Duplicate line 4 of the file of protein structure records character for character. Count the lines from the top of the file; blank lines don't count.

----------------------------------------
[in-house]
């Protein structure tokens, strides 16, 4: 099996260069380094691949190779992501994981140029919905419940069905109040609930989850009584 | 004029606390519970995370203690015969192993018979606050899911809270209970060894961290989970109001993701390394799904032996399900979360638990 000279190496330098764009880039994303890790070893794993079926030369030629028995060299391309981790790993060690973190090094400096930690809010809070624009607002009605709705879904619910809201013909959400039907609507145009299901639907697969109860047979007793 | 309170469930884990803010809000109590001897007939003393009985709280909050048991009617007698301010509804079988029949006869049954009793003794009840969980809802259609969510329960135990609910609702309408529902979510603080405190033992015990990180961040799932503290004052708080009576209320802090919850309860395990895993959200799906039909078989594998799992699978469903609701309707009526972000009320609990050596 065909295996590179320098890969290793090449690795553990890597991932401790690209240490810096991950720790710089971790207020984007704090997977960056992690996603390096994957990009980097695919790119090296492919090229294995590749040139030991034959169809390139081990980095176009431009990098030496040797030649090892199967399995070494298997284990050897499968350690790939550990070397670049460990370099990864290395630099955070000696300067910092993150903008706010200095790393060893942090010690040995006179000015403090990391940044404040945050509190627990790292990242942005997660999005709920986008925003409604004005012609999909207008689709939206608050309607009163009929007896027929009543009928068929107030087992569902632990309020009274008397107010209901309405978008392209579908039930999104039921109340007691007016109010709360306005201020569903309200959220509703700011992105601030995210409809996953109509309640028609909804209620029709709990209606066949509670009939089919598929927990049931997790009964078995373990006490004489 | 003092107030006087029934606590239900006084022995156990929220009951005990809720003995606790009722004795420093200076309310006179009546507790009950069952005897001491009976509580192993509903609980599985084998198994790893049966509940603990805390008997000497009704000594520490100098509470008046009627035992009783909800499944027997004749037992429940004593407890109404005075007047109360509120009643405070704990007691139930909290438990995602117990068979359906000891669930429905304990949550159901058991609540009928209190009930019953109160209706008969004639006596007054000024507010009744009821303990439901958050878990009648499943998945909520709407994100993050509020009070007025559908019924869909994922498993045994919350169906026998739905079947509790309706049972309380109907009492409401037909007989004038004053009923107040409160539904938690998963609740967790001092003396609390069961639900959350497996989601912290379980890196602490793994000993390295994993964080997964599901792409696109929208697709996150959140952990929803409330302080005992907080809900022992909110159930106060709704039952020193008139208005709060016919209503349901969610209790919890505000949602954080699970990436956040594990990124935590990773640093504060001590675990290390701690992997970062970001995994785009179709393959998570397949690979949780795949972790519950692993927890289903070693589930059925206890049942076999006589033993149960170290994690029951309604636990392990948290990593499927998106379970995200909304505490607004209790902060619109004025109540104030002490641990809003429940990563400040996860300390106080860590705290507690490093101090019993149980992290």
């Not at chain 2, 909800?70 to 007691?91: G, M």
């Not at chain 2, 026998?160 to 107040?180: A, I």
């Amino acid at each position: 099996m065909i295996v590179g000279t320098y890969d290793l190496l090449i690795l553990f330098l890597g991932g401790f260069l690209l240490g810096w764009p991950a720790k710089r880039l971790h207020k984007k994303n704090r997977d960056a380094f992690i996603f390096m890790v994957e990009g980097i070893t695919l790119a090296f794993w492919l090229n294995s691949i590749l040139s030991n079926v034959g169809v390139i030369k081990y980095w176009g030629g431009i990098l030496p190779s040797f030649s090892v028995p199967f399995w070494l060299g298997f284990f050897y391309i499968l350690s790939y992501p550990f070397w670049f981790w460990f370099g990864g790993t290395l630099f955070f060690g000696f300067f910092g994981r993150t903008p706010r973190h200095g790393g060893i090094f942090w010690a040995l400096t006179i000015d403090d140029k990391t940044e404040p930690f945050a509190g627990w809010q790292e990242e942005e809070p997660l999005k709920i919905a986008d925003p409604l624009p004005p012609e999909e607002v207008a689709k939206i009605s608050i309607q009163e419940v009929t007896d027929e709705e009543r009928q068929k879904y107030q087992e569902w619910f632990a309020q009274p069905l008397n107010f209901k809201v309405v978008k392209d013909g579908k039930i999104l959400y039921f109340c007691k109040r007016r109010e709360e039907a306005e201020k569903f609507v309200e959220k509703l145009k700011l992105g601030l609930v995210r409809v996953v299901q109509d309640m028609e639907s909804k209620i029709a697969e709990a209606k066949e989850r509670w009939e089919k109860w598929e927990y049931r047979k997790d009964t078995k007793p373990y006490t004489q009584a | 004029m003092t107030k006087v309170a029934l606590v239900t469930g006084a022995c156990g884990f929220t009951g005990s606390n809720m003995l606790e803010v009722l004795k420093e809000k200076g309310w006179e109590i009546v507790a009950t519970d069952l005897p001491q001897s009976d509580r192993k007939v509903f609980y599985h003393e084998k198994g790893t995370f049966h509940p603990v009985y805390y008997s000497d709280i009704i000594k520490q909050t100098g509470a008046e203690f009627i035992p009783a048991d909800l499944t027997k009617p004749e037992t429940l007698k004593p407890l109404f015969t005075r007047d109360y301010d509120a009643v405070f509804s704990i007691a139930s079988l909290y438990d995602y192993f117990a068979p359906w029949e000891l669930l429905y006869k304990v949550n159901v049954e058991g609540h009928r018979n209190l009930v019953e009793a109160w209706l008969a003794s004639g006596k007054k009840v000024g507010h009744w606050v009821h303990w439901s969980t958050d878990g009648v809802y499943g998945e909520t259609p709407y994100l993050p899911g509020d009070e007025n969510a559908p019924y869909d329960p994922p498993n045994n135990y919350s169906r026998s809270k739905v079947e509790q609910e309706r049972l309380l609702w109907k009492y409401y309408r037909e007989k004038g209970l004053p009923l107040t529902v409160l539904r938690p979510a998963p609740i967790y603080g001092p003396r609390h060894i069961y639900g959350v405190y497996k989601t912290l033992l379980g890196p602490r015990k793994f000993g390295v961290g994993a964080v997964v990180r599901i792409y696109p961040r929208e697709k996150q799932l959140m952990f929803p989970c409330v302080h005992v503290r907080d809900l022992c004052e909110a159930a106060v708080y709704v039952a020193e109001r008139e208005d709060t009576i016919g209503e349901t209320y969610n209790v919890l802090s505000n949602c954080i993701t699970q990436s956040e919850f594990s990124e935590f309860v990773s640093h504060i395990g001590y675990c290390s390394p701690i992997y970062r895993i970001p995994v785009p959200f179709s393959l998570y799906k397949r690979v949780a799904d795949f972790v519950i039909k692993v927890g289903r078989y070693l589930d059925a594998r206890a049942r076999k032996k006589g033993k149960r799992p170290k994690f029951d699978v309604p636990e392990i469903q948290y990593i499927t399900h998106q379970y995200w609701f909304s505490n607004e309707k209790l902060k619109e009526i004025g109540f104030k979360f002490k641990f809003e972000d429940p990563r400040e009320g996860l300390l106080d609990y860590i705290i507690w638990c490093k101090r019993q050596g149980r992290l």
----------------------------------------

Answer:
């Not at chain 2, 026998?160 to 107040?180: A, I």